health care revolution.

Mental health issues are difficult to treat. Those who suffer from mental-related illnesses (be it depression or schizophrenia) are often afraid or embarrassed to seek help. In many cases, those who suffer aren’t even aware that they have an issue. As a result, many people go untreated.

To make matters worse, bottlenecks and inefficiencies plague the public mental health system. Psychologists are among the most poorly paid health professionals graduating from medical school. Yet the demand for these professionals is so high, that in some instances there is a 2+ year wait to get treatment.

Although they can’t be seen, these issues can be life altering. They isolate many, force people out of work, and can ultimately lead to physical injury, even death.

Awareness and accessibility are key to making a difference in the mental health space.

mental health & the youth.

Youth are specifically at risk when it comes to mental health. Young teens in high school, for instance, don’t have discretionary income to pay for private sessions. And the barriers to seeking help in the public sector are often enough to prevent treatment.

In Canada, only 1 out of 5 children who need mental health services receives them.

70% of mental health problems and illnesses have their onset during childhood or adolescence.

The total number of 12-19 year olds in Canada at risk for developing depression is a staggering 3.2 million.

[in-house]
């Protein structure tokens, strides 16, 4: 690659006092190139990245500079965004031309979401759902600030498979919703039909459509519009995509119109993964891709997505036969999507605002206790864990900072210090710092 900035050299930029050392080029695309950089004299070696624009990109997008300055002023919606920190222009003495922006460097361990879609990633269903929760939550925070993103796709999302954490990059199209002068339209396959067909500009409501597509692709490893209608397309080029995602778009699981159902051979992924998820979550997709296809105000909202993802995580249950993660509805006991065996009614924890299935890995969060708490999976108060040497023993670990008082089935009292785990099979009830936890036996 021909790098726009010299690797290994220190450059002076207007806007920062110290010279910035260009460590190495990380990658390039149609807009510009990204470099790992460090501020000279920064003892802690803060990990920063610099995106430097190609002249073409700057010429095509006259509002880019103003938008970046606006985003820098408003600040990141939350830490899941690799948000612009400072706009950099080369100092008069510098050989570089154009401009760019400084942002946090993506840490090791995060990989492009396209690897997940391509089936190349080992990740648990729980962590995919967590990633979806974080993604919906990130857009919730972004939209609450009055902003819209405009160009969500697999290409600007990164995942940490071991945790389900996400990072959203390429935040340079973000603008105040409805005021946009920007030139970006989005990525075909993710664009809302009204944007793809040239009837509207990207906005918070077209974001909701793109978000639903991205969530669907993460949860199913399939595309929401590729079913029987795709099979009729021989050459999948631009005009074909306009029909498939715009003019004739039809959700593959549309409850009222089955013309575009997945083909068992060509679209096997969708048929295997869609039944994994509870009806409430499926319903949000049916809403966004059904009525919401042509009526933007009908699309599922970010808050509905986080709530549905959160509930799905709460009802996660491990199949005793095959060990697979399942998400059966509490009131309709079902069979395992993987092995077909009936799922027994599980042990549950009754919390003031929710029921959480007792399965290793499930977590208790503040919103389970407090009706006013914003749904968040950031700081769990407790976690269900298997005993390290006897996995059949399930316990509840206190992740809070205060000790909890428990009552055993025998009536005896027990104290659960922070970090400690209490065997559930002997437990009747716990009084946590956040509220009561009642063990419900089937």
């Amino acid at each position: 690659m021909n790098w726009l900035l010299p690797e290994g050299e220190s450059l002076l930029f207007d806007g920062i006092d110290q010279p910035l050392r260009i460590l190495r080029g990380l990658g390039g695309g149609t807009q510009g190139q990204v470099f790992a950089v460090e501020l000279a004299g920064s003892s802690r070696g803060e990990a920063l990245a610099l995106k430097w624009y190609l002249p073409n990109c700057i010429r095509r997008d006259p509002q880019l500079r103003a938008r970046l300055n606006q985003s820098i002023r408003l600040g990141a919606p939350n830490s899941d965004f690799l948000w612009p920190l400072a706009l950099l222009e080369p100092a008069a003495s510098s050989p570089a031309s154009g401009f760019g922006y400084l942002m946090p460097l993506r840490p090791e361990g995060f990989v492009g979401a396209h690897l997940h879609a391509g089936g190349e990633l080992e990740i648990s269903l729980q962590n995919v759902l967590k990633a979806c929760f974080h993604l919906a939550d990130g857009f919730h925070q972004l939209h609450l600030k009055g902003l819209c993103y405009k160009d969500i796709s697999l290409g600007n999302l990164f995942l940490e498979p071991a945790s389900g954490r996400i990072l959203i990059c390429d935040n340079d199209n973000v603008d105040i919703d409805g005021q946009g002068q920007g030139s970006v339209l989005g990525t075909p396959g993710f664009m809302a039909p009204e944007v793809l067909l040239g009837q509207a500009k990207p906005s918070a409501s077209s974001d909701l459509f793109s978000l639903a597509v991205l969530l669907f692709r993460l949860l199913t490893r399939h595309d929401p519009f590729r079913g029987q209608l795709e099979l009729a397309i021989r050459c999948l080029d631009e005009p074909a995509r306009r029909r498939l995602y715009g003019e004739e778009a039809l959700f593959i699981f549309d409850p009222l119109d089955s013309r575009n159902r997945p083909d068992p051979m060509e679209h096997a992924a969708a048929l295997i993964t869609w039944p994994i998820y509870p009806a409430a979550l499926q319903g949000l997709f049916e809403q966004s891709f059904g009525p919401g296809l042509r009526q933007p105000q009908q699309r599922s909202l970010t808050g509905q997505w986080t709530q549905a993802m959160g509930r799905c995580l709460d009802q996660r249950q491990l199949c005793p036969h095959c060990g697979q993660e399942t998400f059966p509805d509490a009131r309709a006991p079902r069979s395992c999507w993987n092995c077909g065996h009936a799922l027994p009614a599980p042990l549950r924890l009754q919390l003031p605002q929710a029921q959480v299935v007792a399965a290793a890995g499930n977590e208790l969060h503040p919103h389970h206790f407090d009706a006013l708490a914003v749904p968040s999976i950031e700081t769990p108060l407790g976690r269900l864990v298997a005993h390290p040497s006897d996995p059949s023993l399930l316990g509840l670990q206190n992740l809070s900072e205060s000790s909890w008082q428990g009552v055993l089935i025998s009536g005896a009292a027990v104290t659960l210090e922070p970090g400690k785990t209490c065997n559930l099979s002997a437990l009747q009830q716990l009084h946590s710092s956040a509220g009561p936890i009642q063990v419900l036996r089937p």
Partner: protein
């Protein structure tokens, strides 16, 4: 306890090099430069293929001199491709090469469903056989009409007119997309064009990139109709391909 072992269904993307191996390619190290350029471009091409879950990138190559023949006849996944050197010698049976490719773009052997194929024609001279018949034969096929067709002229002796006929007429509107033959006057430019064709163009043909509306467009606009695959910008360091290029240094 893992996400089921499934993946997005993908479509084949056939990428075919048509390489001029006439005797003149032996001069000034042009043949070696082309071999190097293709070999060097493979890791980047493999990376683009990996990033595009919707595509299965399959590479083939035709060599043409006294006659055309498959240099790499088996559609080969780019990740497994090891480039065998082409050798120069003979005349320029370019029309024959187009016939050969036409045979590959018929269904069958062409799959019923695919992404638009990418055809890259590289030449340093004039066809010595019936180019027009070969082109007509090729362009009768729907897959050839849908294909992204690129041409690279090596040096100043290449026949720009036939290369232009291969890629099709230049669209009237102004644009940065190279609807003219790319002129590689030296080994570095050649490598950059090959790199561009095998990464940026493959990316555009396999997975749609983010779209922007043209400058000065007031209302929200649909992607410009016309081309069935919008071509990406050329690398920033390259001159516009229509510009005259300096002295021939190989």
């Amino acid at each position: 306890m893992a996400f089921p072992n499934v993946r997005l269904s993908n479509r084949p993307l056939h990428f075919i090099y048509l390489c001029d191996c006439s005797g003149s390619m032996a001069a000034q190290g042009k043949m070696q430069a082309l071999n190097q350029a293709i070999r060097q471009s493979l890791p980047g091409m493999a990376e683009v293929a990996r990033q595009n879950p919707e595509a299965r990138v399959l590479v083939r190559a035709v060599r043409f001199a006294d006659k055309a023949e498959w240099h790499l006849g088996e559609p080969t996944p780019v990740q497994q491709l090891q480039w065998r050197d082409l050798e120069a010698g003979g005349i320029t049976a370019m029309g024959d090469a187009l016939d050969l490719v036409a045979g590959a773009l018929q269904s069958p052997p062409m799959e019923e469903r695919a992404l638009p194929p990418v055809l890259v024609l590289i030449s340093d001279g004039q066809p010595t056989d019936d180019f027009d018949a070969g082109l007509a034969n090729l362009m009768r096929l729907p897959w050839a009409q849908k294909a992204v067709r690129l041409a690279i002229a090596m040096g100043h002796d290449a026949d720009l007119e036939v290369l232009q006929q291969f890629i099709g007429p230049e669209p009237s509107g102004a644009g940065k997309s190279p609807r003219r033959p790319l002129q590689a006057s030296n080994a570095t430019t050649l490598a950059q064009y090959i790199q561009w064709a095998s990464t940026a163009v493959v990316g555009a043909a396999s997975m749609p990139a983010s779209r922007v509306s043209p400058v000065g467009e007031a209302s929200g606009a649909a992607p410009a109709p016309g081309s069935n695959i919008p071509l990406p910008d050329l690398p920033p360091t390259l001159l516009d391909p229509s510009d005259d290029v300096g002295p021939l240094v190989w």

Canada's youth suicide rate is the third highest in the industrialized world.

Surpassed only by injuries, mental disorders in youth are ranked as the second highest hospital care expenditure in Canada.

mental health & the disadvantaged.

The disadvantaged and homeless are also stuck in a precarious situation. With food and fiscal issues at the forefront of their minds, general health concerns are often overlooked. Especially those that are not physically and easily visible.

Canadians in the lowest income bracket are 3-4 times more likely to report poor to fair mental health.

2 out of 3 people who need mental health services do not receive them.

50% of those who feel they have suffered from depression or anxiety have never gone to see a doctor about this problem.

mental health & the economy.

Mental health has become a serious cost burden in Canada. $51 billion dollars is the economic burden due to inefficiencies as a result of mental health. and over 500,000 Canadians missing work on a daily basis as a result of mental health issues.

$51 billion is the estimated cost of mental illness to the Canadian economy in terms of health care and lost productivity.

Once depression is recognized, help can make a difference for 80% of people who are affected.

According to the World Health Organization, depression will be the single biggest medical burden on health by 2020.

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